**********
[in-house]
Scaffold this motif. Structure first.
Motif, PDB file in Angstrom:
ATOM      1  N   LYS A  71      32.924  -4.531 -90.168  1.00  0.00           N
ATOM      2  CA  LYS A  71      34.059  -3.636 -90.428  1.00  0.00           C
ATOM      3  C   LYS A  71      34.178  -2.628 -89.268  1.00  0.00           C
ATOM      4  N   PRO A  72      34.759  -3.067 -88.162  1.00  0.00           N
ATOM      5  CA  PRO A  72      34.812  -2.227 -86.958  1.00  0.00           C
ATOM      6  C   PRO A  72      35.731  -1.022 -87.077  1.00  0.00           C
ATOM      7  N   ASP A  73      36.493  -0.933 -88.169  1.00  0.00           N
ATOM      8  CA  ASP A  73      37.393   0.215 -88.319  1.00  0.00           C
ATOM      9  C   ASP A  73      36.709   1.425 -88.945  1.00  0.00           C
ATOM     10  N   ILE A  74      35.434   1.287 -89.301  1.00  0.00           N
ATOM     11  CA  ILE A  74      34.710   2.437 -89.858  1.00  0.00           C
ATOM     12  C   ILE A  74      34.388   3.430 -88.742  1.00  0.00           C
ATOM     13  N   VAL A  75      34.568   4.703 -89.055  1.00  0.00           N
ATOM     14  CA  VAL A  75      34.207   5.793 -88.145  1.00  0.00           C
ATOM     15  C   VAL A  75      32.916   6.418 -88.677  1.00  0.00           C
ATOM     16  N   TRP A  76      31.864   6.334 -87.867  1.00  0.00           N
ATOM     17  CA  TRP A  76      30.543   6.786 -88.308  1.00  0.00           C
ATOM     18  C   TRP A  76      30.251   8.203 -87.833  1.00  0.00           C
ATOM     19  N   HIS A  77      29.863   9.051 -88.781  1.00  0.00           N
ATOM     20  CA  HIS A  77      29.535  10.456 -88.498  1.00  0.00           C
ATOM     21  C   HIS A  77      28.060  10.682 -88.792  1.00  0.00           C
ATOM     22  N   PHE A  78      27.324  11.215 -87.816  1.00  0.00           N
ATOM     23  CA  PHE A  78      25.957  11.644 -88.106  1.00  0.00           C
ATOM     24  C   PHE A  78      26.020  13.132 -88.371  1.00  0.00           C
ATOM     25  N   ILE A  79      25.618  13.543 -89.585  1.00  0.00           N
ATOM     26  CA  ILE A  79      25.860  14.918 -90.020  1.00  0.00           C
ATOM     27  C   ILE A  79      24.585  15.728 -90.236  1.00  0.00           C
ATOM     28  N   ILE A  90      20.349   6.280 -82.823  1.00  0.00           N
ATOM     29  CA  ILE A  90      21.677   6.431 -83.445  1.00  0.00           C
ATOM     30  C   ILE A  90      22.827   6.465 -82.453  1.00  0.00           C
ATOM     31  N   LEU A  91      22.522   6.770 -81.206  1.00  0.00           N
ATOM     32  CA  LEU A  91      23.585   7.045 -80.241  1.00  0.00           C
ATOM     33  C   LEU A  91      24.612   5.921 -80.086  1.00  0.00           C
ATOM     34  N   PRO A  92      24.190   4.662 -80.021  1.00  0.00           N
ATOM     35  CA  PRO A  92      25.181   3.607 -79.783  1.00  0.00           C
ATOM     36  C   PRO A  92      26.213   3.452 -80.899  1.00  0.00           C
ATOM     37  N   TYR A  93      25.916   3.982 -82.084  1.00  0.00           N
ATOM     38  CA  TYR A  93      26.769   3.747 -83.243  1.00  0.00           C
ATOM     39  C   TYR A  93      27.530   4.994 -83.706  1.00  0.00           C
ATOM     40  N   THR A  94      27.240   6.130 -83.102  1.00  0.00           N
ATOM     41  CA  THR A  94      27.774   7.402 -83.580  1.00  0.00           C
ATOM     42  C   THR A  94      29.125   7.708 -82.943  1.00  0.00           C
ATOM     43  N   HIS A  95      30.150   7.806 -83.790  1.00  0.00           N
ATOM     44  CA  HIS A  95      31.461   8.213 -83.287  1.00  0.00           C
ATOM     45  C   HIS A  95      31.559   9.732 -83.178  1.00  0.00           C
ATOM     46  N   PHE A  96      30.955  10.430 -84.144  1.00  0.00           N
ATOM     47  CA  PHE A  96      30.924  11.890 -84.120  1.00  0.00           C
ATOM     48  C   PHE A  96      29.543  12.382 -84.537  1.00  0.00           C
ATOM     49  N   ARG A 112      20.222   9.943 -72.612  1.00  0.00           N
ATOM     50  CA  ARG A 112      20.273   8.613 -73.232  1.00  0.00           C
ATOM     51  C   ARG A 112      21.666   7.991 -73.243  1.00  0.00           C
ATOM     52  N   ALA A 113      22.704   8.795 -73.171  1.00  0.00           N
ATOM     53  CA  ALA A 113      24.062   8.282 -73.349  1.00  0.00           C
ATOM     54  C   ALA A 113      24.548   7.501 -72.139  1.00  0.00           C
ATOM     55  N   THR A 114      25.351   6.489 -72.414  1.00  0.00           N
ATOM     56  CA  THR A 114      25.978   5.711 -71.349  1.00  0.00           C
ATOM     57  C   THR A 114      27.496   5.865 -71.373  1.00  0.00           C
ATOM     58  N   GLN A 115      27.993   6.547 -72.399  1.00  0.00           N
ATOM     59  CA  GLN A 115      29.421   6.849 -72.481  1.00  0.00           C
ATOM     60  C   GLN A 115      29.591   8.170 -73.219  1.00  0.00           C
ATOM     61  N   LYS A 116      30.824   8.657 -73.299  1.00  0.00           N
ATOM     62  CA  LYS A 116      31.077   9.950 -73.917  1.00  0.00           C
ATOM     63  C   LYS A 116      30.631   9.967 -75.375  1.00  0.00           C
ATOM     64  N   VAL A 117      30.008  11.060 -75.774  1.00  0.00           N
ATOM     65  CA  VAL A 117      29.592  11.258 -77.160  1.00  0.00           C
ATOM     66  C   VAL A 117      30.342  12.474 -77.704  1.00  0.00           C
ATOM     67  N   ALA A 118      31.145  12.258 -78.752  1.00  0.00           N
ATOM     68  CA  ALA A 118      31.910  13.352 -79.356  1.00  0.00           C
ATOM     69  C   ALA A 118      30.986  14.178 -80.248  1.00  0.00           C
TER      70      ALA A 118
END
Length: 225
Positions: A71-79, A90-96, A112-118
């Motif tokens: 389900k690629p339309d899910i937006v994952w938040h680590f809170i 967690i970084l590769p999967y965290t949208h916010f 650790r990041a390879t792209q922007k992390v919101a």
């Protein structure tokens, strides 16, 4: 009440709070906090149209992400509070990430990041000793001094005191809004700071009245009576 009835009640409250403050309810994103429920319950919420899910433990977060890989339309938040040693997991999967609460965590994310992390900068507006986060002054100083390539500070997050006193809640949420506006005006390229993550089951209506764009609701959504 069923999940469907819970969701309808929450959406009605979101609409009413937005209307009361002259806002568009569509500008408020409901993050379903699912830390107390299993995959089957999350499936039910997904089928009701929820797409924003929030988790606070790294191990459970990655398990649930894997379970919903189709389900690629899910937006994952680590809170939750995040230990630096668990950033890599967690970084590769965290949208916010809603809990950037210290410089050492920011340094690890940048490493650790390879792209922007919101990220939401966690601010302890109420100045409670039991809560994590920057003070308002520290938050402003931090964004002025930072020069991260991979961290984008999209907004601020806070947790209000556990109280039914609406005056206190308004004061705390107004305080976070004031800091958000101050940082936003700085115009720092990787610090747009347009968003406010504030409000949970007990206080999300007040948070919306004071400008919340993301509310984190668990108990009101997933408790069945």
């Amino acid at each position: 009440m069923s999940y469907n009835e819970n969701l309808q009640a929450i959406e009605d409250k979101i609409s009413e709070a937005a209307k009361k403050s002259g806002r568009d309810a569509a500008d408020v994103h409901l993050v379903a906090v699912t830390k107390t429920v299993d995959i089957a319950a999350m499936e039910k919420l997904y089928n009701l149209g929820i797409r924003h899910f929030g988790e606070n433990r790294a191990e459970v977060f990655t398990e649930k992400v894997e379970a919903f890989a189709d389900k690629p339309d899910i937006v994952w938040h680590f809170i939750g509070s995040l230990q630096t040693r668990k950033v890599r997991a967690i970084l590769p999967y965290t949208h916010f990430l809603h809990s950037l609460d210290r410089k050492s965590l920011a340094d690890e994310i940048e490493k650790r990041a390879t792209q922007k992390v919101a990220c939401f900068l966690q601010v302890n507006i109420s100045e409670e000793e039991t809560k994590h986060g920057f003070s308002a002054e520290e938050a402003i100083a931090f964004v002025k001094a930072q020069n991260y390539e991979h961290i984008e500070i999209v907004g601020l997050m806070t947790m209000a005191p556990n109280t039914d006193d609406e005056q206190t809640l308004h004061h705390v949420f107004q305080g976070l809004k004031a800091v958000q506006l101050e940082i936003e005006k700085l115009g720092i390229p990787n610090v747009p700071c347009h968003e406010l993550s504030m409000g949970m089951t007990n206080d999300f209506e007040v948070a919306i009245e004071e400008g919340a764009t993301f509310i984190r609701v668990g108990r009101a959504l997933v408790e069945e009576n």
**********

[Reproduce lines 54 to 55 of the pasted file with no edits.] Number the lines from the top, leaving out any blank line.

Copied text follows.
ATOM     51  C   ARG A 112      21.666   7.991 -73.243  1.00  0.00           C
ATOM     52  N   ALA A 113      22.704   8.795 -73.171  1.00  0.00           N